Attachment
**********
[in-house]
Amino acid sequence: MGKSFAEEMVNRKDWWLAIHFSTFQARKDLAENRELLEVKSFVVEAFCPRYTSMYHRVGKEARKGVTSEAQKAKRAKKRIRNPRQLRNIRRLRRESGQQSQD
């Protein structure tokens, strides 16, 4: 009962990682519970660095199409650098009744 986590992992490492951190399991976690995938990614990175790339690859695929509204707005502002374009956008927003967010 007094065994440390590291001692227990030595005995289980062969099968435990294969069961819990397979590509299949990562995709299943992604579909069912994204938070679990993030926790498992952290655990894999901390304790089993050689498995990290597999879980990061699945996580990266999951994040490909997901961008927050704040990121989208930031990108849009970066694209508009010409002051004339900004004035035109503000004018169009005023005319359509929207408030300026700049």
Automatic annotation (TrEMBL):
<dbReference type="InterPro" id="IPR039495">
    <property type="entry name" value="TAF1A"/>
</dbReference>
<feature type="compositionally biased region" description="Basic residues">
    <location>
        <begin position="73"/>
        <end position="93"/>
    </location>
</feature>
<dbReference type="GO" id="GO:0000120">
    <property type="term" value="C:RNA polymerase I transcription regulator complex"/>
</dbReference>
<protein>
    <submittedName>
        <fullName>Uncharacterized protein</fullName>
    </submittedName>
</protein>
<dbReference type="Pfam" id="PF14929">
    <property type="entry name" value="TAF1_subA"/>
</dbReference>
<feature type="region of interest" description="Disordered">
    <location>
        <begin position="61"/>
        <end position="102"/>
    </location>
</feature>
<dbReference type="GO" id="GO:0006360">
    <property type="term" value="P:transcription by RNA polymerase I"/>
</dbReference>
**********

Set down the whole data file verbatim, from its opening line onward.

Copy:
[in-house]
Amino acid sequence: MGKSFAEEMVNRKDWWLAIHFSTFQARKDLAENRELLEVKSFVVEAFCPRYTSMYHRVGKEARKGVTSEAQKAKRAKKRIRNPRQLRNIRRLRRESGQQSQD
């Protein structure tokens, strides 16, 4: 009962990682519970660095199409650098009744 986590992992490492951190399991976690995938990614990175790339690859695929509204707005502002374009956008927003967010 007094065994440390590291001692227990030595005995289980062969099968435990294969069961819990397979590509299949990562995709299943992604579909069912994204938070679990993030926790498992952290655990894999901390304790089993050689498995990290597999879980990061699945996580990266999951994040490909997901961008927050704040990121989208930031990108849009970066694209508009010409002051004339900004004035035109503000004018169009005023005319359509929207408030300026700049």
Automatic annotation (TrEMBL):
<dbReference type="InterPro" id="IPR039495">
    <property type="entry name" value="TAF1A"/>
</dbReference>
<feature type="compositionally biased region" description="Basic residues">
    <location>
        <begin position="73"/>
        <end position="93"/>
    </location>
</feature>
<dbReference type="GO" id="GO:0000120">
    <property type="term" value="C:RNA polymerase I transcription regulator complex"/>
</dbReference>
<protein>
    <submittedName>
        <fullName>Uncharacterized protein</fullName>
    </submittedName>
</protein>
<dbReference type="Pfam" id="PF14929">
    <property type="entry name" value="TAF1_subA"/>
</dbReference>
<feature type="region of interest" description="Disordered">
    <location>
        <begin position="61"/>
        <end position="102"/>
    </location>
</feature>
<dbReference type="GO" id="GO:0006360">
    <property type="term" value="P:transcription by RNA polymerase I"/>
</dbReference>